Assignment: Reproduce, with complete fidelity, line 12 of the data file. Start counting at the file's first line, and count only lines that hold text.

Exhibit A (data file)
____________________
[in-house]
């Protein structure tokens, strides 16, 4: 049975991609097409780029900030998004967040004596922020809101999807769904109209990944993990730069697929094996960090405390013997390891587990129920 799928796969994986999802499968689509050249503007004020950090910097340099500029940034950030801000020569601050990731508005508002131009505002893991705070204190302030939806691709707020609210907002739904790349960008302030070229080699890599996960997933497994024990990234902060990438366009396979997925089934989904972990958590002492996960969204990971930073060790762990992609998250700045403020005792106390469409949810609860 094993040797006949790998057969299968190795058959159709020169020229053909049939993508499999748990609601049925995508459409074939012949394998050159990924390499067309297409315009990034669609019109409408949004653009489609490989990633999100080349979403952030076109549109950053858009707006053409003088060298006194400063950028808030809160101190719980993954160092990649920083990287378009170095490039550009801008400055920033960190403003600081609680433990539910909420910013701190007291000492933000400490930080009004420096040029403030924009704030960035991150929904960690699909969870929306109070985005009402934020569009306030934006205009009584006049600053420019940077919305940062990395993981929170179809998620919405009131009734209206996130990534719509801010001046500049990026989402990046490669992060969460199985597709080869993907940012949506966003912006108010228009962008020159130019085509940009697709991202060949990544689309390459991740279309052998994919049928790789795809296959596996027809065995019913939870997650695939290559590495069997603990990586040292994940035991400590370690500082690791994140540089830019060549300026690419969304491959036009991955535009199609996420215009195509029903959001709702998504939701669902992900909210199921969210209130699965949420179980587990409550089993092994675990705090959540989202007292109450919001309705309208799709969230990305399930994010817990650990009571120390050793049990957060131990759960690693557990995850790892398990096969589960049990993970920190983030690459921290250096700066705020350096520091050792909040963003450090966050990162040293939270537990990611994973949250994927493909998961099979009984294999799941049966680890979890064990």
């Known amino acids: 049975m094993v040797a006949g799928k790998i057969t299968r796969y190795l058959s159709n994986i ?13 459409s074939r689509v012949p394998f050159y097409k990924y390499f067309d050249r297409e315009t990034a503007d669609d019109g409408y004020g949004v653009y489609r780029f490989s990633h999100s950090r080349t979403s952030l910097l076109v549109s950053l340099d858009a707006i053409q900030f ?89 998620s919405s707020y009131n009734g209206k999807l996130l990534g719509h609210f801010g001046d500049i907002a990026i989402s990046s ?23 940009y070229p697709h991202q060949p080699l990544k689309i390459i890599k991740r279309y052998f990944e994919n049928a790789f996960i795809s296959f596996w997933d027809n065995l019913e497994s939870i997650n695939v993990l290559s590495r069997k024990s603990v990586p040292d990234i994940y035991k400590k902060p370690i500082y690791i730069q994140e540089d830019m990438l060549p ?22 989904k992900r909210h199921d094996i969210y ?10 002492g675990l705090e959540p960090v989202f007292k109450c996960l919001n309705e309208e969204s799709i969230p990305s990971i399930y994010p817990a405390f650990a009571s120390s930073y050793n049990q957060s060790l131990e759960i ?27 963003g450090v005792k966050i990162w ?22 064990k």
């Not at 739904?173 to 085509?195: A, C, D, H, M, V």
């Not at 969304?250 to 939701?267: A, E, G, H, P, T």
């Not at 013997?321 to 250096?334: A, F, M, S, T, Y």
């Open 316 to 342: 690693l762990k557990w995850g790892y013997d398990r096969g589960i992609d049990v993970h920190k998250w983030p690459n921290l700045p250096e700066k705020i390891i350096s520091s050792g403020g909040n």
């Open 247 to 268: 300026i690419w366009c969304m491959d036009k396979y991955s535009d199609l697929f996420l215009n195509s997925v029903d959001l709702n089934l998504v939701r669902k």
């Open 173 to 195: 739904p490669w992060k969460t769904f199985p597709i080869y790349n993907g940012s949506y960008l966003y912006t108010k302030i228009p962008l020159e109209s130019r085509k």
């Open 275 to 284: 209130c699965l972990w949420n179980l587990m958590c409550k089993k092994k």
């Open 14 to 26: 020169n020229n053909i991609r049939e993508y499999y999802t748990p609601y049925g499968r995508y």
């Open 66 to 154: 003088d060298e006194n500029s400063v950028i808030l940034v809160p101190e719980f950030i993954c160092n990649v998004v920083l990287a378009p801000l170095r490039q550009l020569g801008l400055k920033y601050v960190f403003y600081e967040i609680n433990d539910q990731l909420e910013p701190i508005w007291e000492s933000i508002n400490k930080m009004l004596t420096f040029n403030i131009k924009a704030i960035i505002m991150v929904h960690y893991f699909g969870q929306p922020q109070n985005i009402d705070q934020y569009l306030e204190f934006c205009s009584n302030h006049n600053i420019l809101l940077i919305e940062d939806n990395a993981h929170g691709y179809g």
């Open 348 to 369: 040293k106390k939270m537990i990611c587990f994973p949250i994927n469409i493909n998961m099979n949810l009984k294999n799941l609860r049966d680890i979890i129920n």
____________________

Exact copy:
């Open 66 to 154: 003088d060298e006194n500029s400063v950028i808030l940034v809160p101190e719980f950030i993954c160092n990649v998004v920083l990287a378009p801000l170095r490039q550009l020569g801008l400055k920033y601050v960190f403003y600081e967040i609680n433990d539910q990731l909420e910013p701190i508005w007291e000492s933000i508002n400490k930080m009004l004596t420096f040029n403030i131009k924009a704030i960035i505002m991150v929904h960690y893991f699909g969870q929306p922020q109070n985005i009402d705070q934020y569009l306030e204190f934006c205009s009584n302030h006049n600053i420019l809101l940077i919305e940062d939806n990395a993981h929170g691709y179809g």